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Additional reading:

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2009

Launch of the “Moving Forward Together” Campaign by the 54 Catholic Entities of CCEPIRSS to support healing and educational programs for Canadian Aboriginal communities, including former residential school students and their families.

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May 8, 2006

The Indian Residential Schools Settlement Agreement was signed by the Government of Canada, the Assembly of First Nations and Inuit Representatives, the General Synod of the Anglican Church of Canada, the Presbyterian Church of Canada, the United Church of Canada, and eventually 54 Catholic entities representing 17 dioceses and 37 religious institutes that were involved in managing and helping to operate the residential schools which were under the jurisdiction of the Government of Canada.

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2006

Creation of the Canadian Catholic Entities Party to the Indian Residential School Settlement (CCEPIRSS), composed of the 54 Catholic dioceses and religious congregations involved in the Indian residential schools. As part of the Indian Residential Schools Settlement, CCEPIRSS agreed to raise and provide funds for healing and reconciliation.

November 28, 2005

Letter to Bishops from CCCB President Most Rev. André Guimond announcing agreement in principle with the Government of Canada for settlement of claims related to the former Indian Residential Schools.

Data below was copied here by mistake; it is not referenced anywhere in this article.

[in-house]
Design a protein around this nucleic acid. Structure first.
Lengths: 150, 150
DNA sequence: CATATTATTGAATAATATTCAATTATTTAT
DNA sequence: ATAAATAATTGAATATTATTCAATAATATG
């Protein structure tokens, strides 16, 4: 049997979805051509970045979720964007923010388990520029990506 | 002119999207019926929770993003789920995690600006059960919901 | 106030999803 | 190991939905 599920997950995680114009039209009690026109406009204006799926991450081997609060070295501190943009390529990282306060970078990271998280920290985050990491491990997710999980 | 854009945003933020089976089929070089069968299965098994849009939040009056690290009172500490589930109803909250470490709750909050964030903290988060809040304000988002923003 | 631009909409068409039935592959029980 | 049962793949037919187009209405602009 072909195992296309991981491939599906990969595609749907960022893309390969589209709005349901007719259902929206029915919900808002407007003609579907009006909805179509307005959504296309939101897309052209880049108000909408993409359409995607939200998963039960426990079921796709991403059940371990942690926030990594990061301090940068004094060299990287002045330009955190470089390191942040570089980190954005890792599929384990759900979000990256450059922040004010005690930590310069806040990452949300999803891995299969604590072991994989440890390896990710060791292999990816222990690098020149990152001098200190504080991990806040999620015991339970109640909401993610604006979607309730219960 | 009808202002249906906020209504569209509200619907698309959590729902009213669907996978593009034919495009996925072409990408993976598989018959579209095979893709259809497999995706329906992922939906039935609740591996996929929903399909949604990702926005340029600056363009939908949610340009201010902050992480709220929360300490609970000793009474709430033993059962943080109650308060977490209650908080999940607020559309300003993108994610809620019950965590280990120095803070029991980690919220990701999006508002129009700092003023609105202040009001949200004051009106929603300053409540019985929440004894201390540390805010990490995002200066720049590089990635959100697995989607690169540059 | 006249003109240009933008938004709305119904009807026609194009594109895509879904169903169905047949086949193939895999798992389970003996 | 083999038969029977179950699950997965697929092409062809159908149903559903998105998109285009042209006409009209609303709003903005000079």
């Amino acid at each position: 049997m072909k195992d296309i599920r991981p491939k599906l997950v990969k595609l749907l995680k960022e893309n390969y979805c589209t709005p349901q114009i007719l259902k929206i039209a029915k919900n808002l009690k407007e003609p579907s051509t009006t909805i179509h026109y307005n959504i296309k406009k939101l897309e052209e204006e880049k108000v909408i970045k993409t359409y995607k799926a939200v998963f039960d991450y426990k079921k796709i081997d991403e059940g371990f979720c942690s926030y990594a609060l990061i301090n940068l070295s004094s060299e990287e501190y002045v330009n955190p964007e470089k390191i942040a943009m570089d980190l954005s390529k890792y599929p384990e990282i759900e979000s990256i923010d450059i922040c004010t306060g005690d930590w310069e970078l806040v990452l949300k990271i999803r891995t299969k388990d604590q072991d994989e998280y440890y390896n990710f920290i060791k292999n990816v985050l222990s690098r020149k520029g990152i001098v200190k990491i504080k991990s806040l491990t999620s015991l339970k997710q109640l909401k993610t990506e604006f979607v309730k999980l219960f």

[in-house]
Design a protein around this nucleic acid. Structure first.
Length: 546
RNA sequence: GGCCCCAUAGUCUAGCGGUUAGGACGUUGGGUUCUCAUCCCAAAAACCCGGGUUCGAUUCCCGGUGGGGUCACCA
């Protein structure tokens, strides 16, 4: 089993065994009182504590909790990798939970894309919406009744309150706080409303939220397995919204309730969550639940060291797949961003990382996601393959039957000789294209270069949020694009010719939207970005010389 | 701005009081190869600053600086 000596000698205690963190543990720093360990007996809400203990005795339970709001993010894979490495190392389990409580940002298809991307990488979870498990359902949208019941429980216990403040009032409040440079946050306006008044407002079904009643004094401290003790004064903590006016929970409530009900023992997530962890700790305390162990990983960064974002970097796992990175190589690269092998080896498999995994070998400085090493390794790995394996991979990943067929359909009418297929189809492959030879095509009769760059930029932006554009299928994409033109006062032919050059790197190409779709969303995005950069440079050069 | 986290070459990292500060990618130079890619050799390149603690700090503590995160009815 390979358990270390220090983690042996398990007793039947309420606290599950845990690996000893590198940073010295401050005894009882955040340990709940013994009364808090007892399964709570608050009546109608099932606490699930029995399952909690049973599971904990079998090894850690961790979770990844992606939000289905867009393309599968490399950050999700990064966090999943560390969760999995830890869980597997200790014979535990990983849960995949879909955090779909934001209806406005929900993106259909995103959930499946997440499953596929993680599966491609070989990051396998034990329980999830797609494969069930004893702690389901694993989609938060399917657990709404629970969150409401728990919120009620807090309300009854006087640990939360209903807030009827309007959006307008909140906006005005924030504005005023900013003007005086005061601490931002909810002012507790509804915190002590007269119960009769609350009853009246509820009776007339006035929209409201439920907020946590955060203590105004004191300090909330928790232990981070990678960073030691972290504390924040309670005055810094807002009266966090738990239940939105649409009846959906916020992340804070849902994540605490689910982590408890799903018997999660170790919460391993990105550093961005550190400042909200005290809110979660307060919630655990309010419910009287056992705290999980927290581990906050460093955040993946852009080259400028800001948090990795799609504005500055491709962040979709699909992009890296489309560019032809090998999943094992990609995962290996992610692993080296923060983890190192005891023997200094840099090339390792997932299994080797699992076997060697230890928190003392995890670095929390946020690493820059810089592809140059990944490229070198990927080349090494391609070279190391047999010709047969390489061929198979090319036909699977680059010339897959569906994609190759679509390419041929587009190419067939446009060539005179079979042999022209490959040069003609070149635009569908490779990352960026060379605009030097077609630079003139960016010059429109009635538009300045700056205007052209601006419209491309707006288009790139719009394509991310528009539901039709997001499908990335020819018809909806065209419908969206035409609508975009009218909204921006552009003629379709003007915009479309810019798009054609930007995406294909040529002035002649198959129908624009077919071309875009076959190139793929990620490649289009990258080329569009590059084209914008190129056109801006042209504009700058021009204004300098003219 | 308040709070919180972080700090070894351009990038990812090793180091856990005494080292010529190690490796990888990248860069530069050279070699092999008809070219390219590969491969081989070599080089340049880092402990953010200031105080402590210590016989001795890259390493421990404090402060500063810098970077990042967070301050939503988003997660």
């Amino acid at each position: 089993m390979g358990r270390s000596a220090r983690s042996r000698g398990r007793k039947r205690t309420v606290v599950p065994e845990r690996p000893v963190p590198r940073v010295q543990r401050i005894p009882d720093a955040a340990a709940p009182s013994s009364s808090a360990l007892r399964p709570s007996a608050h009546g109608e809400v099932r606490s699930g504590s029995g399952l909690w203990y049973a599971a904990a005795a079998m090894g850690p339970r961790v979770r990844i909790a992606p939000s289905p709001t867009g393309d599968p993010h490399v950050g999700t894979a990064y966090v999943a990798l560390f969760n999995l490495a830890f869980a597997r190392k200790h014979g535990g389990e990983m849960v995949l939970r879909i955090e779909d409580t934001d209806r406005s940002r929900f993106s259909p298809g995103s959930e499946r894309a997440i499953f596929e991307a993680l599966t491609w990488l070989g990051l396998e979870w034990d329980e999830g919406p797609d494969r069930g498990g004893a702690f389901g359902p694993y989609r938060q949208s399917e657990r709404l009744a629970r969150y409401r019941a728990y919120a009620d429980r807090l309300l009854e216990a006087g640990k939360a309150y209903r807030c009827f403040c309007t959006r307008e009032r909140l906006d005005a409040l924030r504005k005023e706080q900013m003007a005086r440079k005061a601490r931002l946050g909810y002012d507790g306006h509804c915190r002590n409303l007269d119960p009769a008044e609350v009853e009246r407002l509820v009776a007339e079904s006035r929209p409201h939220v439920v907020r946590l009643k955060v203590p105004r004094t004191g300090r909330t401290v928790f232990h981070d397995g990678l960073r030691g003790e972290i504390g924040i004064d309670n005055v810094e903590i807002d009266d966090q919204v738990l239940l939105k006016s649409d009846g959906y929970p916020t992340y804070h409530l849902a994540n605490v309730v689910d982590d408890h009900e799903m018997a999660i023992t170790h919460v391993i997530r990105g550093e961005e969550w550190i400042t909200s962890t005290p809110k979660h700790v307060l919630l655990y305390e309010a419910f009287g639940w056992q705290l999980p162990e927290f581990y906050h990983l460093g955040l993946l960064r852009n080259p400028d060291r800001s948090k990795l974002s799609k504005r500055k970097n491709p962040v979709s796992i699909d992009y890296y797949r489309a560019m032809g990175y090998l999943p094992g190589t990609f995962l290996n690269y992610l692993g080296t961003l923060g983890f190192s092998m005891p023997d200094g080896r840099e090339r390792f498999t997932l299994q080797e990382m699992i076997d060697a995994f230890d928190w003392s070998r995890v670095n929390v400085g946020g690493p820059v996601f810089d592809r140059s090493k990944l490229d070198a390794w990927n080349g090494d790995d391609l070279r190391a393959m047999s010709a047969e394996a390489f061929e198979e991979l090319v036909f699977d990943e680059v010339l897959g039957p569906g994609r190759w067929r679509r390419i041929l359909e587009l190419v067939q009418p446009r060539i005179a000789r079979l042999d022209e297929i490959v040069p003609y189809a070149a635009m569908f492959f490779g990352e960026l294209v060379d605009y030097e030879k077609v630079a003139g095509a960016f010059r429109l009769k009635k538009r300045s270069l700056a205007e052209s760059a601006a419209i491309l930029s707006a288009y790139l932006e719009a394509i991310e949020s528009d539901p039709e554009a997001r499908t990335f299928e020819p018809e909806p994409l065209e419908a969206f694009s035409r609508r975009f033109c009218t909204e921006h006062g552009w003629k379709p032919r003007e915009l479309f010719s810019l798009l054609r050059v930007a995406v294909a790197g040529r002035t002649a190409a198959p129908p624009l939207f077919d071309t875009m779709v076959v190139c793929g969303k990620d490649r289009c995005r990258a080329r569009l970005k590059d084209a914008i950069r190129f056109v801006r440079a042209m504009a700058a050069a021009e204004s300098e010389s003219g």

May 26, 2004

Mr. Gerry Kelly participated in the first annual Ottawa gathering of the National Day for Healing and Reconciliation.  The initiative for this grassroots movement to raise our national awareness of the need for healing and reconciliation within and between cultures came from the Nechi training centre in Edmonton, Alberta. The Council also collaborated with the organizing committee of the National Day for Healing and reconciliation to produce a newsletter which focused on healing and reconciliation initiatives between First Nations, religious communities, former residential school students and faith communities.

August 2001

The coordinator of the Catholic Organizations Task Group on Indian Residential Schools, Mr. Gerry Kelly, conducted a survey of dioceses and religious institutes on pastoral activities for aboriginal communities.

June 15, 1998

A statement of apology was made by Bishop Gerald Weisner, O.M.I., to former students of Indian Residential Schools, at a healing circle at Alkali Lake, in the diocese of Prince George, BC.

February 1996

Bishop Reynauld Rouleau, O.M.I., of the Churchill-Hudson’s Bay Diocese, apologized to Inuit who were physically and sexually abused at the residential Joseph Bernier School and Turquetil Hall in Chesterfield Inlet, NT, between 1952 and 1969.

December 6, 1992

In a homily at a Mass for the community of St. Catherine’s, Micmac, Nova Scotia, the Archbishop of Halifax, the Most Rev. Austin E. Burke, acknowledged and apologized for the pain caused by residential schools. On February 14, 1993, Archbishop Burke expressed the sorrow to the people of Sacred Heart Church, Millbrook Reservation, NS.

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July 24, 1991

An Apology in connection to the Indian Residential Schools was delivered to the First Nations by the Oblate Conference of Canada.

March 13-15, 1991

Catholic leaders participated in a National Meeting on Indian Residential Schools at- Saskatoon, SK. They issued a statement expressing their apology and their commitment to dialogue with, and their support of, the Indigenous communities.